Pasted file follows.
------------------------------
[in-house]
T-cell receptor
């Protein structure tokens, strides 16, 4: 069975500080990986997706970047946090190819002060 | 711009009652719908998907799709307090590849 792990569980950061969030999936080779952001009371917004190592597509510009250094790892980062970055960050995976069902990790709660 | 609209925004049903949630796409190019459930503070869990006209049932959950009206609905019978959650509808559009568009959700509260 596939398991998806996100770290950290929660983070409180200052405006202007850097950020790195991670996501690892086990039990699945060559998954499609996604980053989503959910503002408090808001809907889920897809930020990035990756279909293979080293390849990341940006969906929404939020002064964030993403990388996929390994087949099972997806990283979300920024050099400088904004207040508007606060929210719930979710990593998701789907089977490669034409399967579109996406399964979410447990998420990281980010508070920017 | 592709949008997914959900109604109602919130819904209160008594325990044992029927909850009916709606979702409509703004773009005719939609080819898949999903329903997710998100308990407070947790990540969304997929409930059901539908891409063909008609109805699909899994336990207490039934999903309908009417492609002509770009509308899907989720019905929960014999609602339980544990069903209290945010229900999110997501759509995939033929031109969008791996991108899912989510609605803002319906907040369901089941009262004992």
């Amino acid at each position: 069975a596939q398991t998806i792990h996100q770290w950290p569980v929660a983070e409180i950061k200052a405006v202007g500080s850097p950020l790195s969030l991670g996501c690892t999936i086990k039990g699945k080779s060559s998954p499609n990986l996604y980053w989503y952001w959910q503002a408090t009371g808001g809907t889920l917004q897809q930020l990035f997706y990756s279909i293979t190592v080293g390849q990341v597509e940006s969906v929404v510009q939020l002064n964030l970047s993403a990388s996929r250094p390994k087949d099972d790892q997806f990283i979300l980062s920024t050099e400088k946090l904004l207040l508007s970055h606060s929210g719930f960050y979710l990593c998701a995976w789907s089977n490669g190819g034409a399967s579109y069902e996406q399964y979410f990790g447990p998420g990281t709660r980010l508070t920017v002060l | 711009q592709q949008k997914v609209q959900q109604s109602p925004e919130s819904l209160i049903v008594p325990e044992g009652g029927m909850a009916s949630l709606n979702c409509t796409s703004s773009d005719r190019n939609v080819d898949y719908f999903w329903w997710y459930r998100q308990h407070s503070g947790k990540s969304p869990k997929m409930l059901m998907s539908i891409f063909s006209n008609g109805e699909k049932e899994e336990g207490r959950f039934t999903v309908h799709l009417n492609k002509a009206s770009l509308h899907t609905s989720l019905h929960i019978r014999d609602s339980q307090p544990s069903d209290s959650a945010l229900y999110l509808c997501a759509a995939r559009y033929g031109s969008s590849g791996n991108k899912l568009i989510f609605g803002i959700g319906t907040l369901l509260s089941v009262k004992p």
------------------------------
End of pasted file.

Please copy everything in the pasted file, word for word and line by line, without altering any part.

[in-house]
T-cell receptor
């Protein structure tokens, strides 16, 4: 069975500080990986997706970047946090190819002060 | 711009009652719908998907799709307090590849 792990569980950061969030999936080779952001009371917004190592597509510009250094790892980062970055960050995976069902990790709660 | 609209925004049903949630796409190019459930503070869990006209049932959950009206609905019978959650509808559009568009959700509260 596939398991998806996100770290950290929660983070409180200052405006202007850097950020790195991670996501690892086990039990699945060559998954499609996604980053989503959910503002408090808001809907889920897809930020990035990756279909293979080293390849990341940006969906929404939020002064964030993403990388996929390994087949099972997806990283979300920024050099400088904004207040508007606060929210719930979710990593998701789907089977490669034409399967579109996406399964979410447990998420990281980010508070920017 | 592709949008997914959900109604109602919130819904209160008594325990044992029927909850009916709606979702409509703004773009005719939609080819898949999903329903997710998100308990407070947790990540969304997929409930059901539908891409063909008609109805699909899994336990207490039934999903309908009417492609002509770009509308899907989720019905929960014999609602339980544990069903209290945010229900999110997501759509995939033929031109969008791996991108899912989510609605803002319906907040369901089941009262004992």
């Amino acid at each position: 069975a596939q398991t998806i792990h996100q770290w950290p569980v929660a983070e409180i950061k200052a405006v202007g500080s850097p950020l790195s969030l991670g996501c690892t999936i086990k039990g699945k080779s060559s998954p499609n990986l996604y980053w989503y952001w959910q503002a408090t009371g808001g809907t889920l917004q897809q930020l990035f997706y990756s279909i293979t190592v080293g390849q990341v597509e940006s969906v929404v510009q939020l002064n964030l970047s993403a990388s996929r250094p390994k087949d099972d790892q997806f990283i979300l980062s920024t050099e400088k946090l904004l207040l508007s970055h606060s929210g719930f960050y979710l990593c998701a995976w789907s089977n490669g190819g034409a399967s579109y069902e996406q399964y979410f990790g447990p998420g990281t709660r980010l508070t920017v002060l | 711009q592709q949008k997914v609209q959900q109604s109602p925004e919130s819904l209160i049903v008594p325990e044992g009652g029927m909850a009916s949630l709606n979702c409509t796409s703004s773009d005719r190019n939609v080819d898949y719908f999903w329903w997710y459930r998100q308990h407070s503070g947790k990540s969304p869990k997929m409930l059901m998907s539908i891409f063909s006209n008609g109805e699909k049932e899994e336990g207490r959950f039934t999903v309908h799709l009417n492609k002509a009206s770009l509308h899907t609905s989720l019905h929960i019978r014999d609602s339980q307090p544990s069903d209290s959650a945010l229900y999110l509808c997501a759509a995939r559009y033929g031109s969008s590849g791996n991108k899912l568009i989510f609605g803002i959700g319906t907040l369901l509260s089941v009262k004992p």